A DWI with a child passenger is where a DWI occurs with another person in the vehicle that is under 15. This is considered a State Jail Felony. The minimum sentence is 180 days up to a maximum of two years in a state jail. The maximum fine is $10,000.
The most common sentence is DWI convictions is probation. It is important for a defendant to understand what probation is and the obligation of the defendant if probation is sentenced.
Probation is typically assigned to a defendant as a suspension of sentence that may include jail, fines and/or a driver’s license suspension. If a defendant violates probation during the assigned probationary period, the sentence goes into effect. To comply with probation, a defendant will typically:
- Report to a probation officer on a set schedule
- Commit no further crimes during the probationary period
- Perform community service
- Attend DWI and driver’s education courses
- Abstain from alcohol for the probationary period
- Submit to breath tests
- Install an alcohol ignition interlock device
- Participate in and/or make a donation to drunk driving awareness and education programs
- Remain in the resident county unless permission to leave is granted by the court
- Pay a monthly fee to the probation office
DWI Conviction in Texas
How long will the case be pending?
Cases in Travis County take anywhere from 9-14 months to resolve.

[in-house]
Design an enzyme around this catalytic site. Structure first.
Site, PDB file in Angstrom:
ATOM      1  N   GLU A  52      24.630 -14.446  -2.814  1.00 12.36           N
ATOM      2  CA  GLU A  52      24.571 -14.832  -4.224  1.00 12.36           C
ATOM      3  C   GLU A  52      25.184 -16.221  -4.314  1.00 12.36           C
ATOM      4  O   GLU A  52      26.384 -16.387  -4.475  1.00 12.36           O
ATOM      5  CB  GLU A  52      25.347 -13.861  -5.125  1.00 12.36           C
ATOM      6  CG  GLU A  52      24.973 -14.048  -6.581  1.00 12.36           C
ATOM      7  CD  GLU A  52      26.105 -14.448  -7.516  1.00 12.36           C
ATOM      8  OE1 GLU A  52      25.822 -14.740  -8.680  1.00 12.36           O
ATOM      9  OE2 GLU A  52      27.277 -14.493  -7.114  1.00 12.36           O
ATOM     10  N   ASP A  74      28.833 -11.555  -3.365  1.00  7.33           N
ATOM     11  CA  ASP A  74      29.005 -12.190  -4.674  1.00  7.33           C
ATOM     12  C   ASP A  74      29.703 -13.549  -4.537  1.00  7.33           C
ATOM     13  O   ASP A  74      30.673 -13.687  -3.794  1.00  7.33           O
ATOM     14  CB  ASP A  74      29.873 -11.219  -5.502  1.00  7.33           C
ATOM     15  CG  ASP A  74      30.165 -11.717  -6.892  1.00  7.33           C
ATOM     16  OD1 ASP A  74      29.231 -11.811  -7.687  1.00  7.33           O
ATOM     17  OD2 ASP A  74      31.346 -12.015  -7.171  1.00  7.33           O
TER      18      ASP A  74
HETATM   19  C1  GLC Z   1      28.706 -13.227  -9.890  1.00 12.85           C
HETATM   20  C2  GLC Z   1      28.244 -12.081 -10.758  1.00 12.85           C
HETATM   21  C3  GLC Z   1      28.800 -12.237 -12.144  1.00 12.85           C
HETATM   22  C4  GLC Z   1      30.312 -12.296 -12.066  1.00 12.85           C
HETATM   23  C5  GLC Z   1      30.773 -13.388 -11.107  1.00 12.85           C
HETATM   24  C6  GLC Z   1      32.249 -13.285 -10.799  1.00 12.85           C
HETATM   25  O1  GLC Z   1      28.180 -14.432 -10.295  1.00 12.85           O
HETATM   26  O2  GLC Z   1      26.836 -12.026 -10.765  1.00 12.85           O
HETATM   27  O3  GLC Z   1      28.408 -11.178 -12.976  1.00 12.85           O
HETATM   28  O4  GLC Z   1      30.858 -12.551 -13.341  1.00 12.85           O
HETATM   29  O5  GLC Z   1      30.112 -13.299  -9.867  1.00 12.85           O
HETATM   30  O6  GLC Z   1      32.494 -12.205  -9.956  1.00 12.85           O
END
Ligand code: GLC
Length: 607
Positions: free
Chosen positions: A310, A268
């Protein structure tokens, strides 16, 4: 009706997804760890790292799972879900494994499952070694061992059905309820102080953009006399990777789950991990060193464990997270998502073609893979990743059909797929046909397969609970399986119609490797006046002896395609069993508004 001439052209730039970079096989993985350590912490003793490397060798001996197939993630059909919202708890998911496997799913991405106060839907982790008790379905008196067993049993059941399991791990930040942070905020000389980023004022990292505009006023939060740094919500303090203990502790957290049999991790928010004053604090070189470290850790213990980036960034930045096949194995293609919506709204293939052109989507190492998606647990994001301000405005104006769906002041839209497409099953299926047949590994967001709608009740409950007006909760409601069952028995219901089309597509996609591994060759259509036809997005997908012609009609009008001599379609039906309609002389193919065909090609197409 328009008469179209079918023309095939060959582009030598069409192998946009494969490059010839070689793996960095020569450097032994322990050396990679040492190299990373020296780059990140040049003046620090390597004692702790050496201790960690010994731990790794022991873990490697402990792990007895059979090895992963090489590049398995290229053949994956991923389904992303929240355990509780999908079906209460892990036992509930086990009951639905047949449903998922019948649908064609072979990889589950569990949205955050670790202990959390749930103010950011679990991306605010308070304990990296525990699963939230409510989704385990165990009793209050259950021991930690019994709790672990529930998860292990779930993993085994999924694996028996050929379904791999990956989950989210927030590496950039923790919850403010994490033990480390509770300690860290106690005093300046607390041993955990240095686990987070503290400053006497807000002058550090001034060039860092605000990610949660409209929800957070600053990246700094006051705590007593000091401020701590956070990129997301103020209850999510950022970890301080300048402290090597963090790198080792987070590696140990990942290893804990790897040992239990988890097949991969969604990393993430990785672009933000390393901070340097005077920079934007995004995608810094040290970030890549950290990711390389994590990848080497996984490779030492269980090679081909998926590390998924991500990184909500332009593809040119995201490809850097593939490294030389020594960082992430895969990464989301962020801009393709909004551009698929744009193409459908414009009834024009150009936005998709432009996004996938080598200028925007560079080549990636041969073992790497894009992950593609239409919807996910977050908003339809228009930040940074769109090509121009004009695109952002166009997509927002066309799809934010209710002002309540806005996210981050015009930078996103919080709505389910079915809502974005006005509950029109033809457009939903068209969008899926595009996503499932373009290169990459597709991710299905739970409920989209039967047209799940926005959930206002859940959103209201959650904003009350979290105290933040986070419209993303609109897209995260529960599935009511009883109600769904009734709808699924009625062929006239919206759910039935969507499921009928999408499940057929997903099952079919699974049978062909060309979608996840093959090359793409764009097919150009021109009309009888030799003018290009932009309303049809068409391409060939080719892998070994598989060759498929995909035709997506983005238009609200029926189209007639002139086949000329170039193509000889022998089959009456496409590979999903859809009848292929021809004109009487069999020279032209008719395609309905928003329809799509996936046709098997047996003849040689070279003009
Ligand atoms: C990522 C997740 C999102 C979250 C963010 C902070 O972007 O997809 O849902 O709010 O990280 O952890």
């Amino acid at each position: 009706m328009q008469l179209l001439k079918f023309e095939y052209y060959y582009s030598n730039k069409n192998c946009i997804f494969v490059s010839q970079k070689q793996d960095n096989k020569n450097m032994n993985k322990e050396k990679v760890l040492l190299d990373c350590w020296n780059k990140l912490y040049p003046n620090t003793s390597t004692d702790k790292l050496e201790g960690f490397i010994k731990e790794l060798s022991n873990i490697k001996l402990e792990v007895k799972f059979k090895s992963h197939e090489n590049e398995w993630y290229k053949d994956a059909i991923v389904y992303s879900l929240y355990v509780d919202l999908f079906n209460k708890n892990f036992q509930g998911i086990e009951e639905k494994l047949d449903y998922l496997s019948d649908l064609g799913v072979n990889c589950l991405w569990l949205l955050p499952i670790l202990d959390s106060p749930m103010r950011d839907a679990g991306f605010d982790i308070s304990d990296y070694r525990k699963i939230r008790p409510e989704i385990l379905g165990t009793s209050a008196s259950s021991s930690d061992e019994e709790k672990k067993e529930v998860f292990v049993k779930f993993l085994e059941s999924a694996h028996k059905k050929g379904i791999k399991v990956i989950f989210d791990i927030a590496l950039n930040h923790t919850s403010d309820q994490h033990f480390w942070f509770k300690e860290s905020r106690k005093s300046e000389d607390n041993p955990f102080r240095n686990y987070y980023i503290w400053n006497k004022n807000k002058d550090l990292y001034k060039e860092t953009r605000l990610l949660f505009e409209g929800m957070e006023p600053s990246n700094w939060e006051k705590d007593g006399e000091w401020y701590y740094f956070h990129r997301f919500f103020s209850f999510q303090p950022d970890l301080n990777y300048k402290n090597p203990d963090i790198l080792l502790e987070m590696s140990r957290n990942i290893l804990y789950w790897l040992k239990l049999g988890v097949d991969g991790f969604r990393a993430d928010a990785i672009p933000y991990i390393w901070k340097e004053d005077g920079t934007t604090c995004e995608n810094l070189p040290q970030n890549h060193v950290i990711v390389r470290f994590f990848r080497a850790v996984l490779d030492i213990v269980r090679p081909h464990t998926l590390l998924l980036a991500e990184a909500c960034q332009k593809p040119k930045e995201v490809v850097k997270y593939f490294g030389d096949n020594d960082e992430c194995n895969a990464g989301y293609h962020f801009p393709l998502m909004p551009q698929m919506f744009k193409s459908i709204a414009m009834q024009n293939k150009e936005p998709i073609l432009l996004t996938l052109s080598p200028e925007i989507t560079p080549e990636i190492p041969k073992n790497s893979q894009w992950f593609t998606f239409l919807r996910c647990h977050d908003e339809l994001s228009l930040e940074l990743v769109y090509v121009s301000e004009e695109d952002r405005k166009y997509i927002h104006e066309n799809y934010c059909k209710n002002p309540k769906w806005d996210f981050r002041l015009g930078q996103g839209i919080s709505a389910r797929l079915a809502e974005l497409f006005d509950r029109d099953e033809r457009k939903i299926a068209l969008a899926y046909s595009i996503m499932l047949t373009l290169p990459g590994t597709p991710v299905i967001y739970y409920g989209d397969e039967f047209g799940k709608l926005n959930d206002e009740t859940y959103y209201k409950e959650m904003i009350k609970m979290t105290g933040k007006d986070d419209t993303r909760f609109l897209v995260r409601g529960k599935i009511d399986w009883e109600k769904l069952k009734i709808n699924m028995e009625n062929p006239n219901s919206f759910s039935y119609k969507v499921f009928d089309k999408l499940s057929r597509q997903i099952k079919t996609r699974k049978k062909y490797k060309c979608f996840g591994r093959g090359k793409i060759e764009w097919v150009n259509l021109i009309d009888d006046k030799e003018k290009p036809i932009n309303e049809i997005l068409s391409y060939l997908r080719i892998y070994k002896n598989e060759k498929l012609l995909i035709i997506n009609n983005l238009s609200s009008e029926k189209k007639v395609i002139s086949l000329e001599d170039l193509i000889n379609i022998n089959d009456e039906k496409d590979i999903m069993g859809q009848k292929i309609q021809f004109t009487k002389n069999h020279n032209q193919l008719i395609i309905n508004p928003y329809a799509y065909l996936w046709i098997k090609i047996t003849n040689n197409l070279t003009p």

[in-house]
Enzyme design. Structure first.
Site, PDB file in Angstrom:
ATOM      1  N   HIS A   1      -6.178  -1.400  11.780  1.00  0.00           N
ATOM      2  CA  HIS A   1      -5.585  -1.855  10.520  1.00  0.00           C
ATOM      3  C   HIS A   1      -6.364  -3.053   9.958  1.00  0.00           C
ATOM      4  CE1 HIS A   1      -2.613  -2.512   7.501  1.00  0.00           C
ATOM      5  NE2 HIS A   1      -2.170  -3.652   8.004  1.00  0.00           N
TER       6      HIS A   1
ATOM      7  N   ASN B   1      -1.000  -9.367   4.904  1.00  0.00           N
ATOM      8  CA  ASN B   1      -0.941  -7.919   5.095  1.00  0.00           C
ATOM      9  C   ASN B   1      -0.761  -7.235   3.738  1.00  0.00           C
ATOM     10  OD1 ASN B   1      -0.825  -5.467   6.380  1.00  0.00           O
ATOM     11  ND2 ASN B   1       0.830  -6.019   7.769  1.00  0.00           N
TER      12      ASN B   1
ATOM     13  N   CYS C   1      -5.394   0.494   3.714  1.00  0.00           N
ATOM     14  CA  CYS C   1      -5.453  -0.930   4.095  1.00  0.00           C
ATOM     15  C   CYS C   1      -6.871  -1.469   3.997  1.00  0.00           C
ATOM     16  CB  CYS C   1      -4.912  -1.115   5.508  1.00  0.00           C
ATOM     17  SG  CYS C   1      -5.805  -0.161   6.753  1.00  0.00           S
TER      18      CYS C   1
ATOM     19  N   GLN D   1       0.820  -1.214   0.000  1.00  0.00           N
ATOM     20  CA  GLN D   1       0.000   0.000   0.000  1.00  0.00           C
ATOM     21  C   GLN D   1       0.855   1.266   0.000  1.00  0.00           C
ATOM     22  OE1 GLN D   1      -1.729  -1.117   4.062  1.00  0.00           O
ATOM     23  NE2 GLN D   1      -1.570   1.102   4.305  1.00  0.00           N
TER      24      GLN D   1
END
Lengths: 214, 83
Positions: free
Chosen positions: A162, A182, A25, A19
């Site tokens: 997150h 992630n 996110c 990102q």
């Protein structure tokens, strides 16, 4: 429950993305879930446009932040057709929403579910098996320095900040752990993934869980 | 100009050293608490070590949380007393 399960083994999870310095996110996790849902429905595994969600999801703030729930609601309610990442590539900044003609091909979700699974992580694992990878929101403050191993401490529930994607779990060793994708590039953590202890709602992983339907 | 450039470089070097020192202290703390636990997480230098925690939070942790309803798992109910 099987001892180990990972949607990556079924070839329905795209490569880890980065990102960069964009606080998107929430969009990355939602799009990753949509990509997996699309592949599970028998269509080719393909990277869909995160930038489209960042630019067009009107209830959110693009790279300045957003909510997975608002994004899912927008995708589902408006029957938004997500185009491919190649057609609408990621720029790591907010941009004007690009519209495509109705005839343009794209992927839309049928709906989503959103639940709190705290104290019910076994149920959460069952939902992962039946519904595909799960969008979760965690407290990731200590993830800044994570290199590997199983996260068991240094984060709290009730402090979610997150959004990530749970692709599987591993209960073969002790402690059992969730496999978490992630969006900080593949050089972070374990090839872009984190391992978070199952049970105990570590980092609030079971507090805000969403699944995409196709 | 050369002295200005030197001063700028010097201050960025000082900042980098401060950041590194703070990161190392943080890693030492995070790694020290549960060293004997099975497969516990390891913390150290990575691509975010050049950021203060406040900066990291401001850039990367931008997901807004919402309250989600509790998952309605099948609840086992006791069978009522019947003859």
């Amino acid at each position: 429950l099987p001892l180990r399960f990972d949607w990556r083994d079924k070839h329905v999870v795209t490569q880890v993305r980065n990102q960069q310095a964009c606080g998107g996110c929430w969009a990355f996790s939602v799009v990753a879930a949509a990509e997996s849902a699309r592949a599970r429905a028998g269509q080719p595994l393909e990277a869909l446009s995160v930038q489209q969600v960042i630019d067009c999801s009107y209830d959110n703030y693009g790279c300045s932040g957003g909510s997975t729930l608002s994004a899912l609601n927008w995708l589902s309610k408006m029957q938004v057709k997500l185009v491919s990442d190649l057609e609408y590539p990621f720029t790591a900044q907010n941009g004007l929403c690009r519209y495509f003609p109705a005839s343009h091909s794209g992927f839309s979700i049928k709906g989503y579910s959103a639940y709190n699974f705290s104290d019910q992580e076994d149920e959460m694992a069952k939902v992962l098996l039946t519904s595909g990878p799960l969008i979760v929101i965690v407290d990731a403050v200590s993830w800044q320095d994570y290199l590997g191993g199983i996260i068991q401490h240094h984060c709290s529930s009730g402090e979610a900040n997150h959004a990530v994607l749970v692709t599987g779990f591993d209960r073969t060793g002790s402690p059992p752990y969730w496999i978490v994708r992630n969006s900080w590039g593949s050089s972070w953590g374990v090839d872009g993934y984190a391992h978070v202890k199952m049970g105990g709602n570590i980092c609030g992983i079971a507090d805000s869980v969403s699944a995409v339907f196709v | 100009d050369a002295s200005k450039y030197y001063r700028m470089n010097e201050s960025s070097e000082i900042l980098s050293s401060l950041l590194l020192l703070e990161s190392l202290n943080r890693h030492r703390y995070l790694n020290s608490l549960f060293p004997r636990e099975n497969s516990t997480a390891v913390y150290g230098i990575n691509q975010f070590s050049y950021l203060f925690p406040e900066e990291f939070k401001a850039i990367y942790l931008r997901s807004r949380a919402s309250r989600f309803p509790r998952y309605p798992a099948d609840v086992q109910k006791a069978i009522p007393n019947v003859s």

Is it possible to get the DWI reduced?
Yes. If your BAC is greater than 0.15 and there was no accident involved, sometimes the State will dismiss the DWI and refile the case an “Obstruction of a Passageway”. This is still a Class B misdemeanor, but it is not alcohol or drug related.
What type of punishment could I get with a DWI conviction?
That depends. If your BAC is greater than 0.15, you will be charged with a Class A misdemeanor, which is punishable up to one year in jail and a $4,000 fine. If your BAC is greater than 0.15, you will be charged with a Class B misdemeanor which is punishable up to six months in jail and a $2,000 fine. You may also get probation.
Will I have to pay surcharges on my license if I am convicted of DWI?
Yes. If this is your first conviction on a Class B, you will have to pay $1,000/year for 3 years. If this is your second conviction on a Class B, you will have to pay $1,500/year for 3 years. If you take a conviction on a Class A, you will have to pay $2,000/year for 3 years.
Will a DWI be on my record forever?
That depends. If this is your first DWI conviction on a Class B DWI and there was no accident involved, you can potentially get your record sealed. If you have an ignition interlock device (IID) for six months while your case is pending or after your case is plead, you can get your DWI arrest sealed two years after the date you successfully complete probation. If you do not have an IID, you can get your arrest sealed five years after the date you successfully complete probation.
If my DWI gets dismissed and refiled as an obstruction, will that be on my record forever?
You can get an obstruction sealed off your record two years after the date you successfully complete probation.